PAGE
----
ED’S RANT: CAPITALISM OR COTTON WOOL – WHERE ARE WE GOING?

In In My Opinion by Clyde Mooney

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Like many people, I love a good stat. Whether it be something obscure such as Bill “Fire Down Below” Barkins’ insurmountable record of 6.24 cup adjustments per innings playing Major League Baseball, or comparatively innocuous ABS data showing Aussies are drinking less than they have for fifty years.

The problem arises when the topic of study is not as cut and dry as a cup-counting. Once a problem becomes complex beyond representation by a simple percentage or comparison, it becomes susceptible to interpretive analysis.

Such is the case with national studies of the effectiveness of trading restrictions on licensed venues. In its most basic form, their existence would be described as ‘for the public good’. From that viewpoint, any results that can be framed to support efforts to reduce violence and anti-social behaviour are – in the eyes of those on that side of the fence – worth the damage elsewhere.

Caution Head_LR_featureConversely, the viewpoint that a trade reduction of 50 per cent (for example) would hardly justify a 24 per cent drop in incidents, seems fairly logical.

While Australia and the USA share many social commonalities, we are commonly seen by them as on the slippery slope to communism with our despairingly ‘socialist’ Government-mandated universal health care and altogether un-capitalistic controls on business.

In hospitality their differing position manifests as far less stringent RSA regulations, and in most places little or no consequences for staff or venues actually caught serving an intoxicated person. The BAC limit for driving in most States is 0.08 (to our 0.05) and ‘random’ breath testing is technically unconstitutional in most circumstances and considered an outrageous invasion of liberty by the average American.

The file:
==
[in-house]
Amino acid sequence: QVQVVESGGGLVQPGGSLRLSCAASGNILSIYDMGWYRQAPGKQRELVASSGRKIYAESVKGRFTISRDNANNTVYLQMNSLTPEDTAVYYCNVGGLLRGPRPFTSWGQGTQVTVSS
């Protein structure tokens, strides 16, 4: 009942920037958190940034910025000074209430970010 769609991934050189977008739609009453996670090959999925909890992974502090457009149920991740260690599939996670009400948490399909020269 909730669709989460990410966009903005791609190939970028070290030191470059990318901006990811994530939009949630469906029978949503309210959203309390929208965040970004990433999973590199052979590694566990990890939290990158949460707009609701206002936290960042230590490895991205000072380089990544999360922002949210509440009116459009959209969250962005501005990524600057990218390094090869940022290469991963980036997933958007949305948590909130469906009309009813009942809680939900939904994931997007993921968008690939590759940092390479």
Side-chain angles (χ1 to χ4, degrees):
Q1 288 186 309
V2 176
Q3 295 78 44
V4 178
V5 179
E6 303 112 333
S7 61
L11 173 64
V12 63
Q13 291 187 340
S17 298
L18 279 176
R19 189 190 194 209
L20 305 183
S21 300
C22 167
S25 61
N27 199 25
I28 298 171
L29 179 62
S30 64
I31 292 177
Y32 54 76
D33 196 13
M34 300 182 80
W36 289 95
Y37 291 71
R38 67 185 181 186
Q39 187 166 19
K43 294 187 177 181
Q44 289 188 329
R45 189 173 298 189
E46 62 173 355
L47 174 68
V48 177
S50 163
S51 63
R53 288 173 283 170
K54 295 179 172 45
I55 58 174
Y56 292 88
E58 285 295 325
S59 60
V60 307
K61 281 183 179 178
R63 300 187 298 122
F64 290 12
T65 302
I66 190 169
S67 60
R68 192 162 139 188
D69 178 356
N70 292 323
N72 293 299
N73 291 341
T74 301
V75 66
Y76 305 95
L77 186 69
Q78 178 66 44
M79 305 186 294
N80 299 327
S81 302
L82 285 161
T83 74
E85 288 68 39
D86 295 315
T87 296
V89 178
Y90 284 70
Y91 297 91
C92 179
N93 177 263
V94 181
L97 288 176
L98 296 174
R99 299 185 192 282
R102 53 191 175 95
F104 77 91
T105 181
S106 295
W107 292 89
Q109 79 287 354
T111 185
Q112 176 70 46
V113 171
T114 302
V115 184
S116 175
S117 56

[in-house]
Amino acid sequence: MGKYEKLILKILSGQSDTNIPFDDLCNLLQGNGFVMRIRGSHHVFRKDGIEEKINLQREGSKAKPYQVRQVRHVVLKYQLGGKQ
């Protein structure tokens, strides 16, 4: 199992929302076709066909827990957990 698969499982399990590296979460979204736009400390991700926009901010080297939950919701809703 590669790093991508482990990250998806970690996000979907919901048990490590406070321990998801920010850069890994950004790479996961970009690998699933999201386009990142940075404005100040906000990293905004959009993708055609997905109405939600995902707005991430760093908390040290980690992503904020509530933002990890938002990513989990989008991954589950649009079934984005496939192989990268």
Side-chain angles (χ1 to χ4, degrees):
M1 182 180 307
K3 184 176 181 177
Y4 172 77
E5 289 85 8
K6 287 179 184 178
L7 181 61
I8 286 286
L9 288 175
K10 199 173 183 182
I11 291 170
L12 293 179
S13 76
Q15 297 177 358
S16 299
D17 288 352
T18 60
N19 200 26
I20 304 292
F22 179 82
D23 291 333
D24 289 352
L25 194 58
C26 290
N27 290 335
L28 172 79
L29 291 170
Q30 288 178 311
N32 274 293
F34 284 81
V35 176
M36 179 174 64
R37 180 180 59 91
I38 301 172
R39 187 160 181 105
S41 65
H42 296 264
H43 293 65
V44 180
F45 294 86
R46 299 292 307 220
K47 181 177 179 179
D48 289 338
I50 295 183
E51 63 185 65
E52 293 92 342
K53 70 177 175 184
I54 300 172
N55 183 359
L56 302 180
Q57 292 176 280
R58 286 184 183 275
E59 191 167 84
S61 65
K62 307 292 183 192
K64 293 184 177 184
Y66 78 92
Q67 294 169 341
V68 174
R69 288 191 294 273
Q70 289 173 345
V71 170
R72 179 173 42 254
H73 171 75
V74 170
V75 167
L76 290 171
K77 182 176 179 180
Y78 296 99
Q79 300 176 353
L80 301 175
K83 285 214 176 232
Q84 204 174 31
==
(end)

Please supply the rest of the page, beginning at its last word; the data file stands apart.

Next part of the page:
The capitalism-first mentality of our northern Pacific neighbour is fundamental to the population’s mindset of ‘freedom or die’. But its fight-for-your-rights foundation is underpinned by what most Australians would describe as a ludicrously litigious approach to resolution.

Personally, I’m glad to live in a society where someone isn’t within their rights (some States) to shoot you for stepping onto their property. Or where thieves can potentially win civil damages claims for injuring themselves during a burglary.

However, the extreme alternative – to treat the hapless public as mindless victims devoid of accountability and needing every protection – is equally scary for the opposite reasons.

If a working middle-ground is to be found, surely it lies with greater education across provider and consumer. Standards must be established on both sides of the fence: let not the venues flog bathtub moonshine as safe to drink, and let unruly drinkers answer for their behaviour.

We must fight for our freedom to choose, even if that means choosing to party.

5-clyde